from The American Heritage® Dictionary of the English Language, 4th Edition
- n. Used as a courtesy title before the name of a man in a Dutch-speaking area.
- n. Used as a form of polite address for a man in a Dutch-speaking area.
- n. Informal A Dutchman.
from Wiktionary, Creative Commons Attribution/Share-Alike License
- n. Sir.
from the GNU version of the Collaborative International Dictionary of English
- n. The Dutch equivalent of Mr. or Sir; hence, a Dutchman.
from The Century Dictionary and Cyclopedia
- n. The ordinary title of address among Dutchmen, corresponding to mein herr among Germans, and to sir or Mr. in English use.
- n. A Dutchman.
The valiant "mynheer," whose courage, by means of schnapps, had been screwed up to the sticking point, made all sail after the enemy, and caused a double portion of the stimulating article to be served out to his crew.
“Well, mynheer, you have only to pay the difference, and the ketch will do; the bilander sails almost as fast.”
Urged forward, Emily entered the house, smiling shyly at the man who wished her a dignified "Good day 'in English and added," I shall fetch mevrouw: you are expected, mynheer.
"Now, wait a moment, mynheer," says he, but I was ahead of him again.
"If you're wise, mynheer, you'll make the most of that."
A bloody battle was now certain to take place, and mynheer, combining discretion with valor, took in his light sails, and got his ship into a condition to be easily handled ..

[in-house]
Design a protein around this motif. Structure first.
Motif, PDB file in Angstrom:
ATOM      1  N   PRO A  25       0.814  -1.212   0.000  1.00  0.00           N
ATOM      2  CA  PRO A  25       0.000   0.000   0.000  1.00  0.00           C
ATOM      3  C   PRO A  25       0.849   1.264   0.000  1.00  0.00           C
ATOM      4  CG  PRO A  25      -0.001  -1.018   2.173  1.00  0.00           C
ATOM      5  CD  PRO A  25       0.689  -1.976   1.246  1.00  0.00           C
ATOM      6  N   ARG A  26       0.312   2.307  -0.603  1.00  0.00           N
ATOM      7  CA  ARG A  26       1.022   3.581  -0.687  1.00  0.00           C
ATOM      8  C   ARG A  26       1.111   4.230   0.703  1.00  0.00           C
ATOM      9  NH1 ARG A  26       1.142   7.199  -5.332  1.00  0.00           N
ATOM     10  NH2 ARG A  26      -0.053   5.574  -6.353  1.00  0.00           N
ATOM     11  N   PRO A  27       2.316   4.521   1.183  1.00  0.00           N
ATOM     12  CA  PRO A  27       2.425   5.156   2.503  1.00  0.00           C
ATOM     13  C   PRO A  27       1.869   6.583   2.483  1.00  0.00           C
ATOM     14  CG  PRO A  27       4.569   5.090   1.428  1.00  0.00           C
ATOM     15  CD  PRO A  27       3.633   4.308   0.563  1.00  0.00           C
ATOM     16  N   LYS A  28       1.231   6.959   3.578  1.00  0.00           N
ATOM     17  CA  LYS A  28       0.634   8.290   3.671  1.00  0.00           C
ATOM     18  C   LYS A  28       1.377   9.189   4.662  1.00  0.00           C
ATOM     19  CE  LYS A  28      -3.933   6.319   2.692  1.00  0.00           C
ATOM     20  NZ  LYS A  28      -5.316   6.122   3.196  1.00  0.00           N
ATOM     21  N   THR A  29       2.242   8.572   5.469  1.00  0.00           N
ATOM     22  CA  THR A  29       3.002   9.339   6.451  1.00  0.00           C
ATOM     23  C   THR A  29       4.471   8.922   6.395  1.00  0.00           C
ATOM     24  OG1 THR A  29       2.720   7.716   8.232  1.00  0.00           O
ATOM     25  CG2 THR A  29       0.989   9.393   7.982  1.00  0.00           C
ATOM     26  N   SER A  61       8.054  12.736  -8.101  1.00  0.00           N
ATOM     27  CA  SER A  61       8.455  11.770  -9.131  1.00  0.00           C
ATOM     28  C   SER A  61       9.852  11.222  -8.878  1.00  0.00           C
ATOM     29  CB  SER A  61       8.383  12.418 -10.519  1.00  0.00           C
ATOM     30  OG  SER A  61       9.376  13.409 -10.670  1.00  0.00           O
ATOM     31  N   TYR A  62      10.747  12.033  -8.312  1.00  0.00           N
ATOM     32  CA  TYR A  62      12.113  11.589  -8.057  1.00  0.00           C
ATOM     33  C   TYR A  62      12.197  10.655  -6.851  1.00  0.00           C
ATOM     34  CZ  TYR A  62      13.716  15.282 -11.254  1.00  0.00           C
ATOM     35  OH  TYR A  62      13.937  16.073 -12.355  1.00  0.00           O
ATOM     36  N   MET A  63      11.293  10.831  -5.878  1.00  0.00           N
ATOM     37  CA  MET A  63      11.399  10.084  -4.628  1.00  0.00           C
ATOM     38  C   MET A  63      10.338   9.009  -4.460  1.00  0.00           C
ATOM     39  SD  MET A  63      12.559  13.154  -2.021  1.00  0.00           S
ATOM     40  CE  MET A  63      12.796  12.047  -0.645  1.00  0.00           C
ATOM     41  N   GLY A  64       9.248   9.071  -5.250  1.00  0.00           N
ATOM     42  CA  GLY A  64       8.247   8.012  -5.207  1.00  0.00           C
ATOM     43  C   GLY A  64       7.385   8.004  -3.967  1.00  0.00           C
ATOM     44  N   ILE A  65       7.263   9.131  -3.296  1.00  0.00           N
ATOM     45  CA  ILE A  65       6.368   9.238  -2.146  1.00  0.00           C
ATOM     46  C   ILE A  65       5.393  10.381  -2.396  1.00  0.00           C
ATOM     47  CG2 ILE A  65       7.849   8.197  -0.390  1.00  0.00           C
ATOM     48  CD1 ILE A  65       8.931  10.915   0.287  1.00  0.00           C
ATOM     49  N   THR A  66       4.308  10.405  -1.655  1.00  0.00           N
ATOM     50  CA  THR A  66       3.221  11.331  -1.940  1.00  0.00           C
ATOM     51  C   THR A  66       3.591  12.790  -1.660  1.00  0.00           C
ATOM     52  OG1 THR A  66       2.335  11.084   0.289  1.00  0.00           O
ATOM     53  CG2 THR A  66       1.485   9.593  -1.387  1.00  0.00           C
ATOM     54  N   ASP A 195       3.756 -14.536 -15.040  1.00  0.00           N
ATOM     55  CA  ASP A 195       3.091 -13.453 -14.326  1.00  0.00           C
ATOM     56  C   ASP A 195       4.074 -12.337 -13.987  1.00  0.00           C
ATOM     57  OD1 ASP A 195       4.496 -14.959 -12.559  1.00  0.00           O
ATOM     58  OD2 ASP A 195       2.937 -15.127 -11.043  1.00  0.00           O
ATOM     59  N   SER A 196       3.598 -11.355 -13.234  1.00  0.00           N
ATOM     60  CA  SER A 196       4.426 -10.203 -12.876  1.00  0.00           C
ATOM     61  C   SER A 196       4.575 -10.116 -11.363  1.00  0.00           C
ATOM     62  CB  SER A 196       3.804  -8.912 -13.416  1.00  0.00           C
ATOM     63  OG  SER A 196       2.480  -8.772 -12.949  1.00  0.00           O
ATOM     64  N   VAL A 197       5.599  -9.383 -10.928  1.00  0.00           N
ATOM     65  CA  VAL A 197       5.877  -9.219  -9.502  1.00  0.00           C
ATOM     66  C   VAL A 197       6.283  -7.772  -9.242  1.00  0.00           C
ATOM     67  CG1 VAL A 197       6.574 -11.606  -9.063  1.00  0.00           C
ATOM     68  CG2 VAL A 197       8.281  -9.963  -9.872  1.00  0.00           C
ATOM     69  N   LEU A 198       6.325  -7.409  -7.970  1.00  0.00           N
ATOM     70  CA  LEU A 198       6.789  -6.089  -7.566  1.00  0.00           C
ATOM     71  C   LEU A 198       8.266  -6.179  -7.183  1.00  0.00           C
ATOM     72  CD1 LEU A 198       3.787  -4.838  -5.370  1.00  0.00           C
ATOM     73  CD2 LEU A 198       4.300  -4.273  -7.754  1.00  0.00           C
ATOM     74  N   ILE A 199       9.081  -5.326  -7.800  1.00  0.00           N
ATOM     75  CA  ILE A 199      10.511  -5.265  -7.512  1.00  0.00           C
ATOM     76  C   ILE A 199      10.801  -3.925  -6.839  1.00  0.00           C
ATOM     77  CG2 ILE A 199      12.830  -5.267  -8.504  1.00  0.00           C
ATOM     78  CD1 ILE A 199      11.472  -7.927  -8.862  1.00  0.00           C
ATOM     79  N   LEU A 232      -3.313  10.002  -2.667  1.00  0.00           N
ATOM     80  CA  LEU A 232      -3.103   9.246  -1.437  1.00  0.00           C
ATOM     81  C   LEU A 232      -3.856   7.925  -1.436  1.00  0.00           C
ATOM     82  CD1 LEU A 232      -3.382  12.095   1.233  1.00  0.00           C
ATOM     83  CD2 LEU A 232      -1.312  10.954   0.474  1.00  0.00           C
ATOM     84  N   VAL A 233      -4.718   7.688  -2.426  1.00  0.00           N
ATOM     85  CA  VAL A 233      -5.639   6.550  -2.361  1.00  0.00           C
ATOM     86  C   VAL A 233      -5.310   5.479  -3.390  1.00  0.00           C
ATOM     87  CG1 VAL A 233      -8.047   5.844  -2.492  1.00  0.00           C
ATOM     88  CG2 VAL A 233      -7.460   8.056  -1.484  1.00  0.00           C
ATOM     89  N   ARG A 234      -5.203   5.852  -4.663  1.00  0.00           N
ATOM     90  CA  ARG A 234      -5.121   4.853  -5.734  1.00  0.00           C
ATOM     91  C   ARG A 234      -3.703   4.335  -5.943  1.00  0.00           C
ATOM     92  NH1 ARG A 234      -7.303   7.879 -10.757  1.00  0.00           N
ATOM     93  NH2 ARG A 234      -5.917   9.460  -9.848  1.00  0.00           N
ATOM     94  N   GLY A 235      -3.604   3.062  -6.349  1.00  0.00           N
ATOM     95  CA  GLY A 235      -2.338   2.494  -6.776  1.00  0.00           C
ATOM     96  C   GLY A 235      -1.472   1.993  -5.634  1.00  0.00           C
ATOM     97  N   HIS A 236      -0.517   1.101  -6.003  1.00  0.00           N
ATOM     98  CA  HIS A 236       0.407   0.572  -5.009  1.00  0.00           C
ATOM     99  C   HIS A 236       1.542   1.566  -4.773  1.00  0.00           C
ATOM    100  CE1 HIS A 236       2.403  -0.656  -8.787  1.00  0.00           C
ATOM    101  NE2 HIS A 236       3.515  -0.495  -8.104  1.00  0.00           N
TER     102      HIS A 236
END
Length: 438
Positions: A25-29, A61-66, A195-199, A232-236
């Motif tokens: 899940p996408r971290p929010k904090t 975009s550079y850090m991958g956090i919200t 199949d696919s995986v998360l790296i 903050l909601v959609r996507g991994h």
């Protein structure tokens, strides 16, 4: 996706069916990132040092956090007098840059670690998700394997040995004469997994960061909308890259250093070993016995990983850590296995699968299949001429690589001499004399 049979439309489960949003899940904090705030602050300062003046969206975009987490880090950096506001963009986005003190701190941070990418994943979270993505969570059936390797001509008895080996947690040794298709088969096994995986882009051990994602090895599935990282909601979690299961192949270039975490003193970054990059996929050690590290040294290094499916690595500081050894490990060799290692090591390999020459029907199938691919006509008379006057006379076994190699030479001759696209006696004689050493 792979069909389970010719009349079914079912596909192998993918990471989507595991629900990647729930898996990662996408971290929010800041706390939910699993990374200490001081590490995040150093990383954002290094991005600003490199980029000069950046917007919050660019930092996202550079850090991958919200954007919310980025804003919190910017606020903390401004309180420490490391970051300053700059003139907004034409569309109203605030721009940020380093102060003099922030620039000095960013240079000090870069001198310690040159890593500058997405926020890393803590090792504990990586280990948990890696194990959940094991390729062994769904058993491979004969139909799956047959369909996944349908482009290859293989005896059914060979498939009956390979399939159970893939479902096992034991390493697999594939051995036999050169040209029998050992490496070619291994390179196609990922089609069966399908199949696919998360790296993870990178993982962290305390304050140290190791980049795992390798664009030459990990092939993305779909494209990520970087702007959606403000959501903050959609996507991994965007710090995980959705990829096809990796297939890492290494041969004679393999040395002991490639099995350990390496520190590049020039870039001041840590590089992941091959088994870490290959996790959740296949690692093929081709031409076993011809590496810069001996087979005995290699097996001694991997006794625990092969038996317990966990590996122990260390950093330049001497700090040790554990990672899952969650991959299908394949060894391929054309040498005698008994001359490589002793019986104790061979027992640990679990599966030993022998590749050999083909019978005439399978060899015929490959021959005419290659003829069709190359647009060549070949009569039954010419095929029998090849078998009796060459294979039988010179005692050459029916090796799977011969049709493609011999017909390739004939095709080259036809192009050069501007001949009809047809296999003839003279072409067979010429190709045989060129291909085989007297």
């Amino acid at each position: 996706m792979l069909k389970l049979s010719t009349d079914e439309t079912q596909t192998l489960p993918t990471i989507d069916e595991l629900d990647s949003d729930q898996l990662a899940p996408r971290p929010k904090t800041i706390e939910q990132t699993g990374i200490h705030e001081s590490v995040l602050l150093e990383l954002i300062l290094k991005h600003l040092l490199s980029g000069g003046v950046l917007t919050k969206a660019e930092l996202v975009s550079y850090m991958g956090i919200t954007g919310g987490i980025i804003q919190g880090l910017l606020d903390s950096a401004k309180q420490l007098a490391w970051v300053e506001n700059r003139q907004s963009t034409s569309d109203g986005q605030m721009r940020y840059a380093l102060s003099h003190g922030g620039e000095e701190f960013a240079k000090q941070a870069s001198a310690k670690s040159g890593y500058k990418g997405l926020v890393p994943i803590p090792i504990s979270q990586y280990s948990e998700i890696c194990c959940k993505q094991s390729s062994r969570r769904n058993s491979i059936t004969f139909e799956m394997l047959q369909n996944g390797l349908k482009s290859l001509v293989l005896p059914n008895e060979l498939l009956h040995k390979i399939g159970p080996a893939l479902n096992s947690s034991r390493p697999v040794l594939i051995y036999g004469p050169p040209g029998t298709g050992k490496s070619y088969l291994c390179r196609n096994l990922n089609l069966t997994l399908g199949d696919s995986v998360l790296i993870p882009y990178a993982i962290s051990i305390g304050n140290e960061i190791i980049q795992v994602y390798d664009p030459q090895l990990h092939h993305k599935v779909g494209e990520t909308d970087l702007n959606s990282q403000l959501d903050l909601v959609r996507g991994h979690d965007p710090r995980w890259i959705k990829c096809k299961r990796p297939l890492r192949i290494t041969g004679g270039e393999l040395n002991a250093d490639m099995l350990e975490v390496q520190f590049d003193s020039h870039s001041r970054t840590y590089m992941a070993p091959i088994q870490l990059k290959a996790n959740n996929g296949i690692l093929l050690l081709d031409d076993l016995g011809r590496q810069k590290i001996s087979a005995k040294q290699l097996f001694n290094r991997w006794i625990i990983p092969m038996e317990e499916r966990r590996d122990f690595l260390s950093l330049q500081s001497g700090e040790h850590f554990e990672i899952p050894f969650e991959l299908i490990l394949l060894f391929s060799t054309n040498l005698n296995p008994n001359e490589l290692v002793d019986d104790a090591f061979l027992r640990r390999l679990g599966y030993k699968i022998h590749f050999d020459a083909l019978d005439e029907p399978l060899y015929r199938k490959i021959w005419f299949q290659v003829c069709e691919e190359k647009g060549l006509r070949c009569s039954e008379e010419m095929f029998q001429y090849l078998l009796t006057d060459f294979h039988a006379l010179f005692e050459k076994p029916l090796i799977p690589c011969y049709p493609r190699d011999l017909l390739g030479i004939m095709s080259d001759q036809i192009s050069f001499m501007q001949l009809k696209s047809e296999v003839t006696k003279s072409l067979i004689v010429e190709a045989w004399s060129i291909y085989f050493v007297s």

The buccaneer haughtily challenged mynheer to fight the battle over again -- stipulating that his consort should stand aloof from the engagement, and, that should the Dutchman conquer, both the pirate vessels should be his.
The most benevolent-looking mynheer might, as likely as not, be a kultured Hun.
None of these was in sight, however, as we strolled the streets, but we did disturb the chat or gossip of two delightful, apple cheeked old ladies in white caps, who became dumb with astonishment at the sight of two foreigners who walked about gazing up at the roofs and windows of the houses, and at the mynheer in knickerbockers who was always looking about him and writing in a little book.
There, the skate is almost on: quick, mynheer, fasten it.